14 imipramine Tricyclic & related antidepressants amitriptyline nortriptyline LIVER desmethylimipramine clomipramine mianserin trazodone

15 Tricyclic & related drugs: site of action precursor neurotransmitter AC (+)(+) cAMP GsGs GiGi (-) MAO ion channels cellular responses PLC GqGq IP 3, DAG, Ca 2+ metabolites X Reuptake inhibitors

16 Tricyclic antidepressants: adverse effects Improvement over MAOIs: –No dietary control required –Less severe drug interactions Adverse effects: –muscarinic blockade –sedation –cardiac arrhythmias –postural hypotension

17 Selective serotonin reuptake inhibitors citalopram escitalopram fluoxetine fluvoxamine maleate paroxetine sertraline

18 SSRIs: site of action tryp 5-HTryp serotonin AC (+)(+) GsGs GiGi (-) cAMP ion channels cellular responses PLC GqGq 5HT 2C/D 5HT 4,5,6 5HT 1A IP 3, DAG, Ca 2+ 5HT 1D 5HT 3 SSRIs SERT MAO metabolites X

19 SSRIs: adverse effects Improvements over MAOIs & tricyclics –Non sedative –Less cardiac effects Adverse effects: –Nausea/diarrhoea –Insomnia –sexual dysfunction –suicidal behaviour

20 Other monoamine reuptake inhibitors Dual reuptake inhibitors e.g venlafaxine Mode of action: Block the reuptake of monoamines (noradrenaline and/or 5-HT) into presynaptic terminals. Side effects: Lack major receptor-blocking actions so fewer side effects

21 Selective NA reuptake inhibitors? Atomoxetine inhibits NET and also DAT Reboxetine selective inhibitor of NET which was approved for major depression in 1997 Systematic review and meta-analysis (BMJ 341: c4737– c4737. doi: /bmj.c4737) has now determined –no overall significant difference compared to control –inferior response compared to SSRIs –greater harm than placebo or SSRIs for adverse events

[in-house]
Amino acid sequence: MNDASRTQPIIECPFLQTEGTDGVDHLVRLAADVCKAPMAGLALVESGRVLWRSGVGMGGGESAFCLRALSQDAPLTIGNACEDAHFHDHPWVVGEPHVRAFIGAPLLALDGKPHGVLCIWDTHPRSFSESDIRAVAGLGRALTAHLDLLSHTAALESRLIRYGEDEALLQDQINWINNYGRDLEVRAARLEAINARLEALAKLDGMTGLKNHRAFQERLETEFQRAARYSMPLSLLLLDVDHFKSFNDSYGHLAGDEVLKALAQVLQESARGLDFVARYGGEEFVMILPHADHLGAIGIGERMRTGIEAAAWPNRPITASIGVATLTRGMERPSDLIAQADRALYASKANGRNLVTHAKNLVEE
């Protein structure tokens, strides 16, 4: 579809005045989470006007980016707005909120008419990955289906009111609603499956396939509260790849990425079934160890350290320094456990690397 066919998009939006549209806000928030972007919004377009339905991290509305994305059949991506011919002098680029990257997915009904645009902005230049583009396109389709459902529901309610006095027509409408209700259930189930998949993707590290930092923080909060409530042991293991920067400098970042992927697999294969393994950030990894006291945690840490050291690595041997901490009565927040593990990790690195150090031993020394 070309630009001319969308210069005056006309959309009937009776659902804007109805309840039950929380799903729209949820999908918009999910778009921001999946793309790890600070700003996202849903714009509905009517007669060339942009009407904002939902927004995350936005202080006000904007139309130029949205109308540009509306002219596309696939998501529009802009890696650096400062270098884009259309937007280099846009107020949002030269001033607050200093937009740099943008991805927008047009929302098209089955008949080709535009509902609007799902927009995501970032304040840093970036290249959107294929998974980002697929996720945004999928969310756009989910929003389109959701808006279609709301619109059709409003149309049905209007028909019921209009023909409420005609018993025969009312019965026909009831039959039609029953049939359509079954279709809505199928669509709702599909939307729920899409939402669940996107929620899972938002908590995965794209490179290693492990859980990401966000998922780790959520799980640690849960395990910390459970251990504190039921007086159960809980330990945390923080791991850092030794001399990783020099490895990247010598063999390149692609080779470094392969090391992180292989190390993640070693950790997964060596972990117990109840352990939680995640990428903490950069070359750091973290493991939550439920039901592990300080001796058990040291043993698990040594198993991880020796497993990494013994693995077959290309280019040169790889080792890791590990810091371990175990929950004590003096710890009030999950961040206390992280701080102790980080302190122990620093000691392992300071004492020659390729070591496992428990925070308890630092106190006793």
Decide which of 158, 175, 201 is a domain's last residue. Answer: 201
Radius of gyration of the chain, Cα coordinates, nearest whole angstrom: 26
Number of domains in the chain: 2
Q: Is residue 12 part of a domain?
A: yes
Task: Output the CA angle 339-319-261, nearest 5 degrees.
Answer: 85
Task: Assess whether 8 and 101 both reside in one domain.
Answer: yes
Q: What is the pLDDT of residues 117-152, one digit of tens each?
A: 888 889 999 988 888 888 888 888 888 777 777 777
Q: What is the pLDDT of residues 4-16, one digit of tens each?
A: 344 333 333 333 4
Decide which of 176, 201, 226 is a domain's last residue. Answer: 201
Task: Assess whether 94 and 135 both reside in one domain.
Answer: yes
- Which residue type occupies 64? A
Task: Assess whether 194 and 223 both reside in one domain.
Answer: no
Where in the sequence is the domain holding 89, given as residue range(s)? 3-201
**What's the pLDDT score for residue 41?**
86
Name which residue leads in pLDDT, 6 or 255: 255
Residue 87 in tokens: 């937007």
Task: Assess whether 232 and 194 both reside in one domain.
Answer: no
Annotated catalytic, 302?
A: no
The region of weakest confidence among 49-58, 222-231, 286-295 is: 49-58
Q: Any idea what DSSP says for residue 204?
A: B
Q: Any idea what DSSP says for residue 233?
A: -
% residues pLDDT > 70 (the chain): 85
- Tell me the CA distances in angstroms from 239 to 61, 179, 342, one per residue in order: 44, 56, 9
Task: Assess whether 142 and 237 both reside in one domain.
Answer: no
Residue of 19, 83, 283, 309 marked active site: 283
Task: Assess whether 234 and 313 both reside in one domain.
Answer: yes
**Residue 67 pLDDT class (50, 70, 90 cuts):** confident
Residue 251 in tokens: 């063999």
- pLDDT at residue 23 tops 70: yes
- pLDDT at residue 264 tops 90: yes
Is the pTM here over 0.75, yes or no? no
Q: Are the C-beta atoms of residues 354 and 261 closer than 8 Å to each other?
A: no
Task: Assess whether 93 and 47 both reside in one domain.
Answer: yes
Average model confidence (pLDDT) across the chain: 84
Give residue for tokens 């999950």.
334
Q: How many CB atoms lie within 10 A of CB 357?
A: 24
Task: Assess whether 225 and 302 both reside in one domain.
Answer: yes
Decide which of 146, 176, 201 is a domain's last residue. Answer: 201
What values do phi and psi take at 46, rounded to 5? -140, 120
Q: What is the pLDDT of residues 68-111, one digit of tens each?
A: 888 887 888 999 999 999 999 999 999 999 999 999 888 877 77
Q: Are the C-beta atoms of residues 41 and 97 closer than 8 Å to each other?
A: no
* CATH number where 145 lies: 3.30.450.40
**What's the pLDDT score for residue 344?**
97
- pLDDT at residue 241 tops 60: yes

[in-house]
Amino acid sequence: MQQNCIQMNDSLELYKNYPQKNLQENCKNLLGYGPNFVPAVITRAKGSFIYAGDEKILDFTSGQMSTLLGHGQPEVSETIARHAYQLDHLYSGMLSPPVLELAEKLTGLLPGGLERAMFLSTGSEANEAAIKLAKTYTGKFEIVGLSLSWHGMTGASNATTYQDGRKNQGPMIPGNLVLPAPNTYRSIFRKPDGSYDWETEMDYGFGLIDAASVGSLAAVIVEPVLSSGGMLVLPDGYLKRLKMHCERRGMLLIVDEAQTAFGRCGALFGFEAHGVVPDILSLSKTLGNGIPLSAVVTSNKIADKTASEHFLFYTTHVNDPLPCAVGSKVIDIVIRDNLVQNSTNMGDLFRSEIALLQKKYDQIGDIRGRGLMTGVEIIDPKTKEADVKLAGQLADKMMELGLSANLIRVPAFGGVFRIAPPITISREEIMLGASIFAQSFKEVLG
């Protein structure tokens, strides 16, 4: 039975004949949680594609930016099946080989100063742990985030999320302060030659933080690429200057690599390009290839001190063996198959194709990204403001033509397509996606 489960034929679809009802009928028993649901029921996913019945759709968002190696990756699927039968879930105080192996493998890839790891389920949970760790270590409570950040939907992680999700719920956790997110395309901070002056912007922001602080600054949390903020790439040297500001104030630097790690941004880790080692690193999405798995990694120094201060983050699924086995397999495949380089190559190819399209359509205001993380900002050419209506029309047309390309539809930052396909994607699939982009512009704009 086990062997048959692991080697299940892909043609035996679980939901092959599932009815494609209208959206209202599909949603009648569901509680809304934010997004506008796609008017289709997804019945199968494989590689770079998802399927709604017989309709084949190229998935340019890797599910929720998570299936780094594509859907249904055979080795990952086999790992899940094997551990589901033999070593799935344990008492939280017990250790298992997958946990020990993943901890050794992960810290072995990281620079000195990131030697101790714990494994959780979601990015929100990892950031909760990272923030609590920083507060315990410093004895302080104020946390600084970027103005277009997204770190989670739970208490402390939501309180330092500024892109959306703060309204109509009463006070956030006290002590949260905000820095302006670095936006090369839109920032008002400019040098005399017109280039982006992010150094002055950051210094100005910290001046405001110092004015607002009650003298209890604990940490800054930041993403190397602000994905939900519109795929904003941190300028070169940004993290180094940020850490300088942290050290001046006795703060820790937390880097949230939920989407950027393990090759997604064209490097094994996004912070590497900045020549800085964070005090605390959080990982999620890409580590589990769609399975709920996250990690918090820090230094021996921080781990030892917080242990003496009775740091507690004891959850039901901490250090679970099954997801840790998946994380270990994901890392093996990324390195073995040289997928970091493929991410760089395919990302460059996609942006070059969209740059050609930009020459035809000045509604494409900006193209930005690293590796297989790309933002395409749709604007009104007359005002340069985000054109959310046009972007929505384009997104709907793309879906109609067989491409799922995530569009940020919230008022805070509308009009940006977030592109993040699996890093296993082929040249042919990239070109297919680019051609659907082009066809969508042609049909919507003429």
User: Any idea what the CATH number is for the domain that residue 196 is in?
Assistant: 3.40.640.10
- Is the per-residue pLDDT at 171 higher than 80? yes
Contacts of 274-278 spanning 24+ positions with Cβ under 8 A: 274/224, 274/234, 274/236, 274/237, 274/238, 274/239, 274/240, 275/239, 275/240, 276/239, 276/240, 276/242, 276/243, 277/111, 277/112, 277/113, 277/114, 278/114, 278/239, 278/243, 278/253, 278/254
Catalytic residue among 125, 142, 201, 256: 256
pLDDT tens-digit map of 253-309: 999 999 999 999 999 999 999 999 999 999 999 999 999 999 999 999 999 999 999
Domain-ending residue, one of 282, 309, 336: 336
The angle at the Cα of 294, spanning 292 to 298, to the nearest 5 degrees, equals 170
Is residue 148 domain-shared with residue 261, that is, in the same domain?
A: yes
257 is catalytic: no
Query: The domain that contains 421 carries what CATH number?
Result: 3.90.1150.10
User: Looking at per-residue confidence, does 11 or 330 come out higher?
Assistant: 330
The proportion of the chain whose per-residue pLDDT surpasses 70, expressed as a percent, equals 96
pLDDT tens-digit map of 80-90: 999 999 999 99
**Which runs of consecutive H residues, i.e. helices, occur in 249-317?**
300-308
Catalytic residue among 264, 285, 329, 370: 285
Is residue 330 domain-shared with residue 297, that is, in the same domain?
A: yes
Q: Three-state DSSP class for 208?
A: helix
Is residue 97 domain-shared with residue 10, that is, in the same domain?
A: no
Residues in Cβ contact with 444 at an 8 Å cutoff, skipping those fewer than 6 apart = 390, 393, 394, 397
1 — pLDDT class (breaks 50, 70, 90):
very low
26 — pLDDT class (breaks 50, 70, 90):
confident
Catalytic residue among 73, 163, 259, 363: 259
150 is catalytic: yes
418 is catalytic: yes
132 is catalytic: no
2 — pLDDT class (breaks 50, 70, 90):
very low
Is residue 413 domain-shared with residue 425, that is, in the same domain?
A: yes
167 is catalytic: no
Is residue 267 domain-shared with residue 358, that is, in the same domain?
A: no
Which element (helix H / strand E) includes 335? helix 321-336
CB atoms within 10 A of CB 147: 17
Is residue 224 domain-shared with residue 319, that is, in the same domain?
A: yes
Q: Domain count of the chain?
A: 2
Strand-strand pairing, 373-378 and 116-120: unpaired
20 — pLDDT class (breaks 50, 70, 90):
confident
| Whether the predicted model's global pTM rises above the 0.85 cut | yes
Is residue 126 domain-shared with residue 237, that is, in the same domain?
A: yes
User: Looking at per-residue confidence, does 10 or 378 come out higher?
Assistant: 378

22 Selectivity of uptake inhibitors

23 Atypical antidepressant drugs Agomelatine: a melatonin receptor agonist and a selective serotonin-receptor antagonist Mirtazapine: mixed receptor effects (blocks  2, 5-HT 2 )

24 Efficacy of current antidepressants Most classes of drug have a similar clinical efficacy (40- 70%) Side effect profiles differ Most have delayed onset of action (several weeks) How do they actually work? –Long-term adaptation in receptor density/function? –Alterations in corticosteroid receptors/HPA function?

25 Antidepressant drugs: clinical uses Moderate to severe depression Dysthymia Generalised anxiety disorder Panic disorder, OCD, PTSD Premenstrual dysphoric disorder Bulimia nervosa Neuropathic pain

26 Bipolar affective disorder treatment Acute treatment of symptoms: antipsychotics for episodes of mania antidepressants for episodes of depression Stabilise mood and prevent recurrence (prophylaxis): lithium salts anticonvulsants

27 Lithium therapy Discovered accidentally: Normally given as lithium carbonate Mode of action: –block of phosphatidylinositol pathway (second messenger system)? –inhibition of glycogen synthase kinase-  ?

28 Inositol depletion hypothesis AC (+)(+) cAMP GsGs GiGi (-) ion channels cellular responses PLC GqGq IP 3, DAG, Ca 2+ PIP 2 DAG IP 3 IP Glucose I PLC GqGq IMPase Li +

29 Side effects of lithium therapy nausea, vomiting, anorexia, diarrhoea, tremor, polydipsia, polyuria lithium toxicity (drowsiness, ataxia and confusion) Blood levels must be monitored

30 Anticonvulsants as mood stabilisers Drugs like carbamazepine and valproic acid are now being for prophylaxis in bipolar disorder Mode of action: very unclear, perhaps block overactive pathways (kindling model of bipolar disorder) Side effects: –carbamazepine: drowsiness, ataxia, cardiovascular effects, induces liver enzymes –valproate: liver failure, teratogenicity (neural tube defects)

31 The End